1. df <- read.table(file="clipboard") imports data copied to the clipboard, from an Excel/Sheets file or from an open text file. For this to be semi-reproducible, a comment specifying the filename, worksheet and range that was copied is necessary. More problematic (catastrophically so for reproducibility), is, how does a researcher know that they highlighted and copied the correct range in the Excel sheet?
2. df <- read.csv(file.choose()) opens the familiar “open file” dialog box, which lets the user navigate to the file of choice. For this to be semi-reproducible, a comment specifying the filename to import is necessary. The catastrophic problem (for reproducibility) is, how does a researcher know which file was actually opened during an R session? The researcher might think they opened “walker_maine_bee_data_clean_androscoggin.csv” but mistakenly opened “walker_maine_bee_data_clean_aroostook.csv.”
3. df <- read.table(file="my_data.txt") and df <- read_excel(file="my_data.xlsx") are reproducible because the filename is explicitly specified. But, this method requires that “my_data” is physically located in the same folder as the file containing the R script (the .Rmd file in our case) and this violates the best practice of clean project organization with different folders for the different kinds of files (data, R scripts, images, manuscript text, etc.).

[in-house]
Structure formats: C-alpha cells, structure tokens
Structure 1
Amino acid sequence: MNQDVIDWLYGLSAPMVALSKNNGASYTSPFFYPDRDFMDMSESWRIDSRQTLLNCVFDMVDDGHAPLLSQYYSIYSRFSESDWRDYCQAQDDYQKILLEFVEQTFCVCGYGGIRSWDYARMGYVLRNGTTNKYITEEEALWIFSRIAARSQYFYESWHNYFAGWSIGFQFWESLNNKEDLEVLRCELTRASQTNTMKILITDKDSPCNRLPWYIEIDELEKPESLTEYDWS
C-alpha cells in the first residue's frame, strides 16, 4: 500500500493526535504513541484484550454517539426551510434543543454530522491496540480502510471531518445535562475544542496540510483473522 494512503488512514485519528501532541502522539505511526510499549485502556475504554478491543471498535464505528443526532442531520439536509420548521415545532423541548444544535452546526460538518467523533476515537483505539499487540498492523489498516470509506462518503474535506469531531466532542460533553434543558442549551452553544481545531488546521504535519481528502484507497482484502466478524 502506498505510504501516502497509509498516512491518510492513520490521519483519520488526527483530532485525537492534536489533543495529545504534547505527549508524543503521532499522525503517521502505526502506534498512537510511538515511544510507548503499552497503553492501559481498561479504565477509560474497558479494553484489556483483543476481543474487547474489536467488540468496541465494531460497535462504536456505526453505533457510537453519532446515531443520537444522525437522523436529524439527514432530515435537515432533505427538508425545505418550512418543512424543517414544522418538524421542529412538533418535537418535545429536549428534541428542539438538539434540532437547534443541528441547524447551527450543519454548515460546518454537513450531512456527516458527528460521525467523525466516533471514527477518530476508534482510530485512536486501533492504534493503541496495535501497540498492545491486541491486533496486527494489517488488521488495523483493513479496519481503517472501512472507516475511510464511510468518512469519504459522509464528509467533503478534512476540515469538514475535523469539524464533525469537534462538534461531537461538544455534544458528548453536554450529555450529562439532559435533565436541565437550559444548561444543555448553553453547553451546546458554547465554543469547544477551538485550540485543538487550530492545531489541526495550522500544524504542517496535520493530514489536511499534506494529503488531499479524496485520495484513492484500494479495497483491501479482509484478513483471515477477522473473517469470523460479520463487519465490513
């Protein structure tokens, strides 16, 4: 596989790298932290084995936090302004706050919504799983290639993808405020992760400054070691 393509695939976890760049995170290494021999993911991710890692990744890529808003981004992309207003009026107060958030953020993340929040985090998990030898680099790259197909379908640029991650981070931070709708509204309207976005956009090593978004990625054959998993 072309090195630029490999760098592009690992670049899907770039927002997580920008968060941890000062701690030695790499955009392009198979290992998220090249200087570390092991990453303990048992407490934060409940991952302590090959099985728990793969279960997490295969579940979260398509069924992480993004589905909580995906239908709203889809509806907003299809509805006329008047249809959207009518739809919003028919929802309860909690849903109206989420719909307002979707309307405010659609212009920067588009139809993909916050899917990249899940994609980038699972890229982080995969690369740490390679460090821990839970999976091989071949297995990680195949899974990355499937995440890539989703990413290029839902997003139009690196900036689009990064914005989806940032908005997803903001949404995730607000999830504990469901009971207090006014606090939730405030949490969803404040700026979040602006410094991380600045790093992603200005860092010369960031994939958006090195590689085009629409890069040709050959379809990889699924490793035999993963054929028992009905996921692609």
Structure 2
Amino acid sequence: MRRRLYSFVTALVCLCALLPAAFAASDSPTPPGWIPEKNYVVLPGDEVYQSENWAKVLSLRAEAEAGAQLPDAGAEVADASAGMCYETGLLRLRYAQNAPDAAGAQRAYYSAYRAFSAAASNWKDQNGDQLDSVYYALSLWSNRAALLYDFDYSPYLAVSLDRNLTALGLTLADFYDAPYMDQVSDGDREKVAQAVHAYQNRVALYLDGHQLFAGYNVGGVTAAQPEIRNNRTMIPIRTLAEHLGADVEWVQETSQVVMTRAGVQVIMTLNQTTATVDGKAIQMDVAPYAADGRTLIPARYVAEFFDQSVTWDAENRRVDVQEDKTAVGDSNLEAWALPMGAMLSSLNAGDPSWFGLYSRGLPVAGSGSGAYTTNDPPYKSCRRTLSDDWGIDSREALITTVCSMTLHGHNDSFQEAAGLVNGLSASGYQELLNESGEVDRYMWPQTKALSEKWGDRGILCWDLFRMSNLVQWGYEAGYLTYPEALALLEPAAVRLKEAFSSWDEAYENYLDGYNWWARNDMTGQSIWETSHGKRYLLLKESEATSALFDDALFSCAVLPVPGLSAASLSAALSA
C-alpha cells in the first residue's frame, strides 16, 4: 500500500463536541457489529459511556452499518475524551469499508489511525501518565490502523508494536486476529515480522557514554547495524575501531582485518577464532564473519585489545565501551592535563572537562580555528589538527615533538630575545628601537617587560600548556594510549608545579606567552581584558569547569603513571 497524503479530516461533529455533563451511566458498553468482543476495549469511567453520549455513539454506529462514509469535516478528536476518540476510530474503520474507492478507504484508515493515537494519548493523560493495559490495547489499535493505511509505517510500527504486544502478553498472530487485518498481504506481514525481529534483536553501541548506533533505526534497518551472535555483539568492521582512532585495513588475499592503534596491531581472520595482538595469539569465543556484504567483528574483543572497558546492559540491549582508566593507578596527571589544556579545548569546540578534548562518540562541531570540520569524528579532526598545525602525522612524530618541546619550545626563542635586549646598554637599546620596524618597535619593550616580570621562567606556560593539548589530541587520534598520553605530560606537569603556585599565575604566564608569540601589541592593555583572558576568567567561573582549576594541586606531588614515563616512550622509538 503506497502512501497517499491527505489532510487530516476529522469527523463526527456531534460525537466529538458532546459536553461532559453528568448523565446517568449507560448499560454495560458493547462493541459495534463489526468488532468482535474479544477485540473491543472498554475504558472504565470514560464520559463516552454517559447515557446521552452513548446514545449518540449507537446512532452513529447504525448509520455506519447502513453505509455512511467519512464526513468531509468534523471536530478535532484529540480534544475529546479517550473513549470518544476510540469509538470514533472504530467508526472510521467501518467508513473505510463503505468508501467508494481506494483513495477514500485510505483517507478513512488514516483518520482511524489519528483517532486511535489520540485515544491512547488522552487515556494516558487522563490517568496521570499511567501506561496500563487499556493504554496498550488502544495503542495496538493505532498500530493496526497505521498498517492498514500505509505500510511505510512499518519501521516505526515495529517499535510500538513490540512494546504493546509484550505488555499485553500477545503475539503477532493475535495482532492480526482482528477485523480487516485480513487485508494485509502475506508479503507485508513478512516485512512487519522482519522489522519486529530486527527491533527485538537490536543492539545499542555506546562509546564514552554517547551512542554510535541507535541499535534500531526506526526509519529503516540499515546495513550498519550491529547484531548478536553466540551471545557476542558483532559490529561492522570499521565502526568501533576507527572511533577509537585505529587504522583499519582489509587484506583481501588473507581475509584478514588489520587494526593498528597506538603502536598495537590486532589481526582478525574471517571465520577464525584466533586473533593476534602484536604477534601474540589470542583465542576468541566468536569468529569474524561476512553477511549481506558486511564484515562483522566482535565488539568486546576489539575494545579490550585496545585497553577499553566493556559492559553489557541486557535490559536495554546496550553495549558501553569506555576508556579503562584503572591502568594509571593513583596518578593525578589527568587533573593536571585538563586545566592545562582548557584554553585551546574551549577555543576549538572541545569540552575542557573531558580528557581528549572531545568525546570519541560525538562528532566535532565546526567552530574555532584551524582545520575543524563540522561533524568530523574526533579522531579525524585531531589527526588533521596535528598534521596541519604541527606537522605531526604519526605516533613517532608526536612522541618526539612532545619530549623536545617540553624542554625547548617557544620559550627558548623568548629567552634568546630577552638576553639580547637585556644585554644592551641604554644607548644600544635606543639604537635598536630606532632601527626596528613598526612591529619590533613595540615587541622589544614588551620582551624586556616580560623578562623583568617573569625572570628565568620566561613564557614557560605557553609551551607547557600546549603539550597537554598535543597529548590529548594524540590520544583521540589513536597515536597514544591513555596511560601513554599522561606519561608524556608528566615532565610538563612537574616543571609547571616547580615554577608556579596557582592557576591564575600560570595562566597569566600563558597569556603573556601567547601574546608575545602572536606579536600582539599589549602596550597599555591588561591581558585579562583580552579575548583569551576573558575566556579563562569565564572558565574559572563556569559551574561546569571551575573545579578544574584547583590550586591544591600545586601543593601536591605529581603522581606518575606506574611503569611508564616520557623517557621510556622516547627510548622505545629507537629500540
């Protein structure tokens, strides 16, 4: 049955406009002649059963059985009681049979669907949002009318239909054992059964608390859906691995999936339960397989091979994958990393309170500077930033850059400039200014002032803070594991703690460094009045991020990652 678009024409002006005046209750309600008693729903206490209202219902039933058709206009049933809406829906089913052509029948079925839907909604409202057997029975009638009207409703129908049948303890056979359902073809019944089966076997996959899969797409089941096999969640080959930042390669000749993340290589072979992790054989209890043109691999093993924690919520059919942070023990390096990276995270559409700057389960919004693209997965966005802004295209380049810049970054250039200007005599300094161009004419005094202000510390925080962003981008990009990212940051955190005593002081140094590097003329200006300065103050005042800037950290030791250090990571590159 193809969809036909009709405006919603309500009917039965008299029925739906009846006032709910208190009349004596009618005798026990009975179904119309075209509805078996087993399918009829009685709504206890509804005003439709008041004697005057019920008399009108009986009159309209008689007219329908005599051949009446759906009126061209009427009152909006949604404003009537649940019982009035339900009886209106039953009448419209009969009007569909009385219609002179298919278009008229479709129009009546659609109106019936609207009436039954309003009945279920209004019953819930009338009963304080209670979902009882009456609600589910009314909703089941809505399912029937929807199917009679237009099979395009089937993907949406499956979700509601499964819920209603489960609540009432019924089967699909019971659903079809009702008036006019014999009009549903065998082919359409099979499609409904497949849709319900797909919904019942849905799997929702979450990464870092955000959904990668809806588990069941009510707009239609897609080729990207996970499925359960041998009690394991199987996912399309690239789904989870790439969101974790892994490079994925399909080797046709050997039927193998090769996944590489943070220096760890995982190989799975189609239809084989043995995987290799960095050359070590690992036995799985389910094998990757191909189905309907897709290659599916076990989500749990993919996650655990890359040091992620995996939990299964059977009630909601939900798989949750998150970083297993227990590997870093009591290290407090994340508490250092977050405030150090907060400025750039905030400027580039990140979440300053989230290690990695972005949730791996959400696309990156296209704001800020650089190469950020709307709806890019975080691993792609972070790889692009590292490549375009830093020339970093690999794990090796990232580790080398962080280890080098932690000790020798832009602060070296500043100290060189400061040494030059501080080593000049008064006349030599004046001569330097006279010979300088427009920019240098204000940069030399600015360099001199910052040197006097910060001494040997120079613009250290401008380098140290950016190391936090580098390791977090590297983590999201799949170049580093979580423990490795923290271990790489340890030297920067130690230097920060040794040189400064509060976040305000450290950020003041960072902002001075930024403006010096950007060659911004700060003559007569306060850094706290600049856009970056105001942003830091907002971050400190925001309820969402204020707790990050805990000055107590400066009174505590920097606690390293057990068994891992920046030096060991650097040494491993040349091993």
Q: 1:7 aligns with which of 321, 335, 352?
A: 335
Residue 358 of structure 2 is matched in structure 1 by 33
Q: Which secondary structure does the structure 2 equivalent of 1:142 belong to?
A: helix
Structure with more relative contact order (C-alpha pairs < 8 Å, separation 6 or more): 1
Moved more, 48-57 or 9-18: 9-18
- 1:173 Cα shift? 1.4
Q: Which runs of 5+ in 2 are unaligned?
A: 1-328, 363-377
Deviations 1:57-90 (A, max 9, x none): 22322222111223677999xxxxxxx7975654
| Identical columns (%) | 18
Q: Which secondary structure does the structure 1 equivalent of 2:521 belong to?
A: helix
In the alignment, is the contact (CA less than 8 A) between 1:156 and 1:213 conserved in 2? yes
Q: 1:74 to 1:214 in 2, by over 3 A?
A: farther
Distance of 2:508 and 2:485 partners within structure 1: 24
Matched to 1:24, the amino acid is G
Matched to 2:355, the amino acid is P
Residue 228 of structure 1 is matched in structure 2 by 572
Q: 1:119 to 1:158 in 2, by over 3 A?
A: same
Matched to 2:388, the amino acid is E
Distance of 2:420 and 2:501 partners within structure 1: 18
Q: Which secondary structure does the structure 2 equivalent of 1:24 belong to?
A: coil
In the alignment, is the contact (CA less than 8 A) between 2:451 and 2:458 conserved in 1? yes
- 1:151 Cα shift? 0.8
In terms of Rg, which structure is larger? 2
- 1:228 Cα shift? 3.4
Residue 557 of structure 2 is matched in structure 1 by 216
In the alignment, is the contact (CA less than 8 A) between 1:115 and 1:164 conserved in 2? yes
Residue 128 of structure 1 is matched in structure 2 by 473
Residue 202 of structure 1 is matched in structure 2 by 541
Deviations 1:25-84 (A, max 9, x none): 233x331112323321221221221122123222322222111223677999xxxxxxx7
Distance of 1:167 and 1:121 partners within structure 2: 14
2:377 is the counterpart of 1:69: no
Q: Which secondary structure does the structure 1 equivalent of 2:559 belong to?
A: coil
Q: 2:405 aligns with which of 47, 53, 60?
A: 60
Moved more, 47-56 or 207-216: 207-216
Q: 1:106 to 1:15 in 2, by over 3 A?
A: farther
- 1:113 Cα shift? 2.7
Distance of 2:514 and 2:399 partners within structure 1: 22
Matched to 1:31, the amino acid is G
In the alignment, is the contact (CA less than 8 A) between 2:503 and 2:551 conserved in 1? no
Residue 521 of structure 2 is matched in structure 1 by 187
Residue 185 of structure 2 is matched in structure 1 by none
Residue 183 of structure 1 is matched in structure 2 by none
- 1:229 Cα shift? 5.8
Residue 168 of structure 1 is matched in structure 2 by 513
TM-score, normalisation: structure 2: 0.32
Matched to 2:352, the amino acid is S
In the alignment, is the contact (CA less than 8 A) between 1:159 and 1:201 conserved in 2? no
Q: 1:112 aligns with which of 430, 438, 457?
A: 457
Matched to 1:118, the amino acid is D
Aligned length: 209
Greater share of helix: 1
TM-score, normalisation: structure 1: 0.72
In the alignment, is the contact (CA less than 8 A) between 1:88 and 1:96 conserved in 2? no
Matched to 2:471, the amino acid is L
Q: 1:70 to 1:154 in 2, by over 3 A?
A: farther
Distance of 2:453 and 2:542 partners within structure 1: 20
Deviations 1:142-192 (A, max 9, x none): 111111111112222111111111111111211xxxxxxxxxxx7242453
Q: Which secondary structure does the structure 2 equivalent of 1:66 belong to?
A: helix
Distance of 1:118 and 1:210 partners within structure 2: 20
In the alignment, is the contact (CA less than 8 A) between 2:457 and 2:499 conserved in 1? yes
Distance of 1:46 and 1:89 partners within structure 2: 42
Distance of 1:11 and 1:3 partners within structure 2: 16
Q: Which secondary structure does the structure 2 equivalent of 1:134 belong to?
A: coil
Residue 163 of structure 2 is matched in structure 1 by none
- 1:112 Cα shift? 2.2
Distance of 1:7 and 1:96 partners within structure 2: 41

4. R Studio has an elegant import tool in the environment pane that opens a custom dialog box that allows the researcher to navigate to the file, and to specify what part of the file to import, such as the specific sheet and range for an Excel file. This has the same reproducibility issues as #1 and #2 but R Studio includes the equivalent script, which adds all relevant information for reproducility. One then simply copies and pastes this script into a code chunk and voila! The next time the script is run, the data can be imported from the script without using menus and dialog boxes. Except that..the script does not seem to take into account that the working directory of an R Markdown file is not the project folder but the folder containing the R Markdown file and so this two-step method fails. More personally, I’d prefer to run a chunk that quickly opens the data file instead of re-navigating through my file system and re-specifying the sheet and range every time I re-start the project in a new R session.